Re: Confused about the platform runtime discussion going on in the blogs

On Sun, 2004-03-21 at 19:00 -0800, aigiskos wrote:
> Hi,
> Not being a blogger (yet) myself and reading the very
> interesting discussions going on between hp, miguel,
> lupus, and others regarding managed code, I'm a bit
> confused.  Hopefully, someone will be kind enough to
> lend me a clue about what's going on (and thanks in
> advance!).

Terms for the uninitiated:

Language: the subset of english used to tell the computer how to process

Virtual Machine (VM): An idealized computation model used to achieve
(among other things) cross language and platform portability. Languages
can be translated to a common VM instead of specific machines, which
also allows multiple languages to share a common environment.

Object/Type system: a protocol for describing and sharing program data
or data types so different programs or languages can inter-operate.

Library: a common set of frequently used functions and data types made
available to eliminate programming tasks covered by the library. In this
case both Java and .NET provide comprehensive core libraries. Using the
Object system, .NET libraries are able to share its core libraries with
any other language. The Java libraries currently only work with Java.

Java platform: Java language, Java VM, and Java libraries.
.NET platform: C# language, Common Language Runtime VM, Common Language
Infrastructure Object system, and .NET libraries.

Java is wholly controlled by Sun, but there is a pretty decent community
around it, and Sun is pretty open about the development of the language.
The JVM is completely proprietary.

Core parts of .NET are standardized under an international standards
organization (ECMA), and are protected therein as a proper standard,
while many other parts are non-standard.

There are free software implementations of the Java class libraries (GNU
CLASSPATH), and VMs but none are completely Sun compatible. There is a
complete free software implementation of the ECMA covered parts of .NET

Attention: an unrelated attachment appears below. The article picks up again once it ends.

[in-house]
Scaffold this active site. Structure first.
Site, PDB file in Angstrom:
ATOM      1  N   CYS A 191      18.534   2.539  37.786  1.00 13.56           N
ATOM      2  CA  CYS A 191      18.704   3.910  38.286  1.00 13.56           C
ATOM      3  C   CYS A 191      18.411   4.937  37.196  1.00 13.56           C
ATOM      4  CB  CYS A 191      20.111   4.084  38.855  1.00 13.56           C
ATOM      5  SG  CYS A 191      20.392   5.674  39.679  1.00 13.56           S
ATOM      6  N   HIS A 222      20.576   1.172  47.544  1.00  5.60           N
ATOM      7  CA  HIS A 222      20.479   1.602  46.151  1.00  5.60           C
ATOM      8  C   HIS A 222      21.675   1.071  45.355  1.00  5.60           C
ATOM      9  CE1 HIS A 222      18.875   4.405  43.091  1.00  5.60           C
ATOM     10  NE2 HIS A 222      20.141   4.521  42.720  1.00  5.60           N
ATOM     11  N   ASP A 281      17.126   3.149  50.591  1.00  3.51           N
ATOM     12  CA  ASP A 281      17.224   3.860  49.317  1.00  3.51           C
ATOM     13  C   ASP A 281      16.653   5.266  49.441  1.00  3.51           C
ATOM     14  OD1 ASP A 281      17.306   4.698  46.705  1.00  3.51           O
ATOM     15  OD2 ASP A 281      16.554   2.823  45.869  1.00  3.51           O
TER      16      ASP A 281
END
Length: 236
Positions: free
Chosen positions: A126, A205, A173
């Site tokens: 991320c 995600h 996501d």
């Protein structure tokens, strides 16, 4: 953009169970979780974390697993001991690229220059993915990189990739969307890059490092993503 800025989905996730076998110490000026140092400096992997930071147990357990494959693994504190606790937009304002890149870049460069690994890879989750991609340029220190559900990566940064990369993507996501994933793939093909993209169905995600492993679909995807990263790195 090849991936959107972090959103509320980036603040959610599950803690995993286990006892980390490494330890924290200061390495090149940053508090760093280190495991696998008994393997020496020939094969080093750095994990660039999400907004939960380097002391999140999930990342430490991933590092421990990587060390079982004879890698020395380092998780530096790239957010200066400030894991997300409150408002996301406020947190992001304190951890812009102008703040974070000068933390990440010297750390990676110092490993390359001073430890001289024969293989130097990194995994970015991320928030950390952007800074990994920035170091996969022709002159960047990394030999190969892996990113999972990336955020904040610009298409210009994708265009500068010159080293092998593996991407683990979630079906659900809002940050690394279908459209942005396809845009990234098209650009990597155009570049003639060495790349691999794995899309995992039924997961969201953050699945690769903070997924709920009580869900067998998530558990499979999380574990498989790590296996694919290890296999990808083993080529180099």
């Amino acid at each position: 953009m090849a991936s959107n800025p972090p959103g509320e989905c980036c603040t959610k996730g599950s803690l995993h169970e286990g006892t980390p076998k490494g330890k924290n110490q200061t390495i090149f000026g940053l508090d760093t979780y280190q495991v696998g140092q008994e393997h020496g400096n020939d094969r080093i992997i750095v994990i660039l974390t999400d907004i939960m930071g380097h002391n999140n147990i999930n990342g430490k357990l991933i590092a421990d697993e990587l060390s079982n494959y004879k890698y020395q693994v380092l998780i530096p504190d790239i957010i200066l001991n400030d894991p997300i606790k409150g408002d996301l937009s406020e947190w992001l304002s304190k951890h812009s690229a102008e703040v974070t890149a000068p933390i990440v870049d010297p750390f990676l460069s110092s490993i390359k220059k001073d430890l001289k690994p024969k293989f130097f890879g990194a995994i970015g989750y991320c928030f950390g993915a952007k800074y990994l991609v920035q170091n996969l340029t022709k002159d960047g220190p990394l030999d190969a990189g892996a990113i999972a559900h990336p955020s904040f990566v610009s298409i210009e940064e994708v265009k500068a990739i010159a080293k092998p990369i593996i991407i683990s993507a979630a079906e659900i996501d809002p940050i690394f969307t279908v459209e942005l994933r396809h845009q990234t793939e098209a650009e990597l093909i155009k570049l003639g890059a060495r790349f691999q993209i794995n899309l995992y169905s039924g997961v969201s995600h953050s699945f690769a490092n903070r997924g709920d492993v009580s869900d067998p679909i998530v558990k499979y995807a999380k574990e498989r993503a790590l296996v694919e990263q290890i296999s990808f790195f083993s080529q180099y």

(Novell mono).

The discussion for the uninitiated:

As I understand the discussion, this is largely about the politics of
several large companies, namely Microsoft, Novell, and Sun. There *is* a
technical aspect: newer/higher-level languages increase productivity by
a certain degree, and are generally nice to have. But the discussion has
been hijacked from the technical arena by the fact that the afore
mentioned giants are making moves that will someday affect us, so its
better to consider the issues now, than to be caught off guard later.

Specifically: Sun has invested itself in Java and Linux, and wants to
leverage its proprietary language and VM on Linux. Similarly, Novell has
invested in mono (.NET reimplementation) and Linux, and wants to
leverage its free software VM implementation with ECMA standard C# on
Linux. And neither would appear to accept the other becoming a standard
platform on GNOME+Linux. The divergent forces in these companies, in
Havoc's view, threaten to fragment the community unless some compromise
is reached before things get out of hand.

Of course the whole situation is complicated by Microsoft, who
"invented" the .NET platform and intends to leverage the technology to
do some apparently impressive/cool stuff with its next OS due out 2007+.
Despite the core technology supposedly available on reasonable and non-
discriminatory terms, there is also a fear that Microsoft may somehow
torpedo mono with patents at a future time.

Microsoft's .NET looks from afar like a very bold and intelligent move
to consolidate the whole windows environment into a powerful framework
where data and objects are can be easily and uniformly passed around
from program to program using any language and prove a very information
rich operating system. If free software has no reply by the time this
"wonder platform" comes to pass, we could look as if we cannot innovate
against proprietary software. If we cannot unite two influential
contributors to GNOME (Sun and Novell) and create a next generation
platform to counter Microsoft, our efforts could splinter and loose

But, whats really the most important thing about the whole debate is
asking ourselves what we want, and at what cost. Should we alienate Sun,
or Novell, or both? Should we leave things as they are, and let the
future decide our direction? Or should we create our own platform, using
existing tools such as Perl and Python? These are very good questions,
and I don't know if anyone has mentioned something that has convinced me
that they have the answers. What I am convinced about is that the
community is the strength of free software, and this debate is part of
the reason why, no matter the outcome, we will remain stronger than
microsoft, sun, or novell, could possibly imagine.

Hope what I've said helps some. I'm posting to d-d-l since I think there
is room for opinions from non-blogging people, so lets please *try* to
keep on the topic of the future of the GNOME desktop from a developers
point of view. (Heres hoping its not a flame fest! ;))

ps. Please correct any technical inaccuracies, I'm not trying to spread


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